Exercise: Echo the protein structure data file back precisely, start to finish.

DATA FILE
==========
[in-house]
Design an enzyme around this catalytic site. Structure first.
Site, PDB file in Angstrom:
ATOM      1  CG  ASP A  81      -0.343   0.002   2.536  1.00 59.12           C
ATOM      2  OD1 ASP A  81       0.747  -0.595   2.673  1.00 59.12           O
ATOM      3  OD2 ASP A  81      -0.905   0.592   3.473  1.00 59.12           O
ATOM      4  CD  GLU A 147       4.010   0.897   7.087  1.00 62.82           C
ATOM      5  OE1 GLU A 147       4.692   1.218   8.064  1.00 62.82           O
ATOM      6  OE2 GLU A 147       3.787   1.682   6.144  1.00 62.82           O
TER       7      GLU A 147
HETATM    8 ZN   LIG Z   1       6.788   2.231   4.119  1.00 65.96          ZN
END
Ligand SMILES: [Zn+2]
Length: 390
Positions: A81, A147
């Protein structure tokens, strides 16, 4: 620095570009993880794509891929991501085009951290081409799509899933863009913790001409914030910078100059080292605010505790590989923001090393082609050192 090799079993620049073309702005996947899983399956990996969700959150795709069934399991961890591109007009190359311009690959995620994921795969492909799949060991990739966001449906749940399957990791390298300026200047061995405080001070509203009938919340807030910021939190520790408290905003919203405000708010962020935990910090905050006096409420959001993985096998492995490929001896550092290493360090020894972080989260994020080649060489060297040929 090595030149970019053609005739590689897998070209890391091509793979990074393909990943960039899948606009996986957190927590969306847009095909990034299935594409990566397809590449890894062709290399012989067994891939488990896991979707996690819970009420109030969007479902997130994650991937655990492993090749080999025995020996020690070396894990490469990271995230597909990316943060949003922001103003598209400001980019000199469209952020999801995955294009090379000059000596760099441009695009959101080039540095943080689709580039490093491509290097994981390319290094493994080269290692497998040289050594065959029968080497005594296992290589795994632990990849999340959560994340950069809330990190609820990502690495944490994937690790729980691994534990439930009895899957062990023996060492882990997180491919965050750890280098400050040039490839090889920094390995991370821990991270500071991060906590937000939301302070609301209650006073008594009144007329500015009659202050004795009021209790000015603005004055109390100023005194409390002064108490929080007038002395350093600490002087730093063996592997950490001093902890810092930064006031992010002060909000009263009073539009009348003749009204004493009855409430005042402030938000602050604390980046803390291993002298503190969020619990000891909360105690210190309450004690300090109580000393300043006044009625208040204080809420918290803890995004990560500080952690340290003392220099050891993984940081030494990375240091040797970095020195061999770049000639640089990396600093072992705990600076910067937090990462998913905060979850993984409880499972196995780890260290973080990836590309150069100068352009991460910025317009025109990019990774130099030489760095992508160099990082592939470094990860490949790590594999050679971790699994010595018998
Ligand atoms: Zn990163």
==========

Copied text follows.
[in-house]
Design an enzyme around this catalytic site. Structure first.
Site, PDB file in Angstrom:
ATOM      1  CG  ASP A  81      -0.343   0.002   2.536  1.00 59.12           C
ATOM      2  OD1 ASP A  81       0.747  -0.595   2.673  1.00 59.12           O
ATOM      3  OD2 ASP A  81      -0.905   0.592   3.473  1.00 59.12           O
ATOM      4  CD  GLU A 147       4.010   0.897   7.087  1.00 62.82           C
ATOM      5  OE1 GLU A 147       4.692   1.218   8.064  1.00 62.82           O
ATOM      6  OE2 GLU A 147       3.787   1.682   6.144  1.00 62.82           O
TER       7      GLU A 147
HETATM    8 ZN   LIG Z   1       6.788   2.231   4.119  1.00 65.96          ZN
END
Ligand SMILES: [Zn+2]
Length: 390
Positions: A81, A147
């Protein structure tokens, strides 16, 4: 620095570009993880794509891929991501085009951290081409799509899933863009913790001409914030910078100059080292605010505790590989923001090393082609050192 090799079993620049073309702005996947899983399956990996969700959150795709069934399991961890591109007009190359311009690959995620994921795969492909799949060991990739966001449906749940399957990791390298300026200047061995405080001070509203009938919340807030910021939190520790408290905003919203405000708010962020935990910090905050006096409420959001993985096998492995490929001896550092290493360090020894972080989260994020080649060489060297040929 090595030149970019053609005739590689897998070209890391091509793979990074393909990943960039899948606009996986957190927590969306847009095909990034299935594409990566397809590449890894062709290399012989067994891939488990896991979707996690819970009420109030969007479902997130994650991937655990492993090749080999025995020996020690070396894990490469990271995230597909990316943060949003922001103003598209400001980019000199469209952020999801995955294009090379000059000596760099441009695009959101080039540095943080689709580039490093491509290097994981390319290094493994080269290692497998040289050594065959029968080497005594296992290589795994632990990849999340959560994340950069809330990190609820990502690495944490994937690790729980691994534990439930009895899957062990023996060492882990997180491919965050750890280098400050040039490839090889920094390995991370821990991270500071991060906590937000939301302070609301209650006073008594009144007329500015009659202050004795009021209790000015603005004055109390100023005194409390002064108490929080007038002395350093600490002087730093063996592997950490001093902890810092930064006031992010002060909000009263009073539009009348003749009204004493009855409430005042402030938000602050604390980046803390291993002298503190969020619990000891909360105690210190309450004690300090109580000393300043006044009625208040204080809420918290803890995004990560500080952690340290003392220099050891993984940081030494990375240091040797970095020195061999770049000639640089990396600093072992705990600076910067937090990462998913905060979850993984409880499972196995780890260290973080990836590309150069100068352009991460910025317009025109990019990774130099030489760095992508160099990082592939470094990860490949790590594999050679971790699994010595018998
Ligand atoms: Zn990163």